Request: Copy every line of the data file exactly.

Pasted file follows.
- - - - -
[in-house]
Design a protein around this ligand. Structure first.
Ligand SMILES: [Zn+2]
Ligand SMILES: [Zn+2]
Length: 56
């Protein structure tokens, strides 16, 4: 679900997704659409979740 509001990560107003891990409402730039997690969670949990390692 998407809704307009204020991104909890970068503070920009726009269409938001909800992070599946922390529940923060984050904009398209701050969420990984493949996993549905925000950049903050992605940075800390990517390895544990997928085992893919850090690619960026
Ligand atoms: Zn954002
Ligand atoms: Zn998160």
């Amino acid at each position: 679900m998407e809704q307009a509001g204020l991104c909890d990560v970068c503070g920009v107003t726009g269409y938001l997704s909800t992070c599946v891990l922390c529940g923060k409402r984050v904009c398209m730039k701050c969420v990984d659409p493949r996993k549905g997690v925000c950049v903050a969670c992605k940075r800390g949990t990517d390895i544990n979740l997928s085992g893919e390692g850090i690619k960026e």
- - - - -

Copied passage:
[in-house]
Design a protein around this ligand. Structure first.
Ligand SMILES: [Zn+2]
Ligand SMILES: [Zn+2]
Length: 56
């Protein structure tokens, strides 16, 4: 679900997704659409979740 509001990560107003891990409402730039997690969670949990390692 998407809704307009204020991104909890970068503070920009726009269409938001909800992070599946922390529940923060984050904009398209701050969420990984493949996993549905925000950049903050992605940075800390990517390895544990997928085992893919850090690619960026
Ligand atoms: Zn954002
Ligand atoms: Zn998160």
């Amino acid at each position: 679900m998407e809704q307009a509001g204020l991104c909890d990560v970068c503070g920009v107003t726009g269409y938001l997704s909800t992070c599946v891990l922390c529940g923060k409402r984050v904009c398209m730039k701050c969420v990984d659409p493949r996993k549905g997690v925000c950049v903050a969670c992605k940075r800390g949990t990517d390895i544990n979740l997928s085992g893919e390692g850090i690619k960026e």